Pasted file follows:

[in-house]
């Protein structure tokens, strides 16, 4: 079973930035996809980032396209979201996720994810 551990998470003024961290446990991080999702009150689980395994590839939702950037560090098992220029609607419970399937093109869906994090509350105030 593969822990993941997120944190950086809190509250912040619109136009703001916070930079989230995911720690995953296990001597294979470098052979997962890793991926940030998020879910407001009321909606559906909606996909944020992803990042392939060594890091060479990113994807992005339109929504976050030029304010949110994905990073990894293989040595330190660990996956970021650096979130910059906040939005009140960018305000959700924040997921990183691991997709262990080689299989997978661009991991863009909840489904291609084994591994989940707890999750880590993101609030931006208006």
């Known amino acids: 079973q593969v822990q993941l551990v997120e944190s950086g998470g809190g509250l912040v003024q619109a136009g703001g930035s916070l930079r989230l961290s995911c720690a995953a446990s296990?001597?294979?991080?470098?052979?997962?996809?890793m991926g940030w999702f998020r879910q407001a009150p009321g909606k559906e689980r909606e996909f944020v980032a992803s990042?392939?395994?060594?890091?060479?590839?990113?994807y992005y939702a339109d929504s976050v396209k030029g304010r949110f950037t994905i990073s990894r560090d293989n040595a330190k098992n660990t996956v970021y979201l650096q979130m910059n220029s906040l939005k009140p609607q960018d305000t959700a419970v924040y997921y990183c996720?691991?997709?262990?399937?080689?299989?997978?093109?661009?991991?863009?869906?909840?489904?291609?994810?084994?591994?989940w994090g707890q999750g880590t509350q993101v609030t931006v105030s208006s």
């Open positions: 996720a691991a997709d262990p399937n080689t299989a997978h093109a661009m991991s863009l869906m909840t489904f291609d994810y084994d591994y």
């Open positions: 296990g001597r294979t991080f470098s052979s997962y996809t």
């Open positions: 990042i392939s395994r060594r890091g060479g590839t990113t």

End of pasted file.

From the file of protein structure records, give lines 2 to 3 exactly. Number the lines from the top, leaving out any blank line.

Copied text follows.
């Protein structure tokens, strides 16, 4: 079973930035996809980032396209979201996720994810 551990998470003024961290446990991080999702009150689980395994590839939702950037560090098992220029609607419970399937093109869906994090509350105030 593969822990993941997120944190950086809190509250912040619109136009703001916070930079989230995911720690995953296990001597294979470098052979997962890793991926940030998020879910407001009321909606559906909606996909944020992803990042392939060594890091060479990113994807992005339109929504976050030029304010949110994905990073990894293989040595330190660990996956970021650096979130910059906040939005009140960018305000959700924040997921990183691991997709262990080689299989997978661009991991863009909840489904291609084994591994989940707890999750880590993101609030931006208006």
């Known amino acids: 079973q593969v822990q993941l551990v997120e944190s950086g998470g809190g509250l912040v003024q619109a136009g703001g930035s916070l930079r989230l961290s995911c720690a995953a446990s296990?001597?294979?991080?470098?052979?997962?996809?890793m991926g940030w999702f998020r879910q407001a009150p009321g909606k559906e689980r909606e996909f944020v980032a992803s990042?392939?395994?060594?890091?060479?590839?990113?994807y992005y939702a339109d929504s976050v396209k030029g304010r949110f950037t994905i990073s990894r560090d293989n040595a330190k098992n660990t996956v970021y979201l650096q979130m910059n220029s906040l939005k009140p609607q960018d305000t959700a419970v924040y997921y990183c996720?691991?997709?262990?399937?080689?299989?997978?093109?661009?991991?863009?869906?909840?489904?291609?994810?084994?591994?989940w994090g707890q999750g880590t509350q993101v609030t931006v105030s208006s």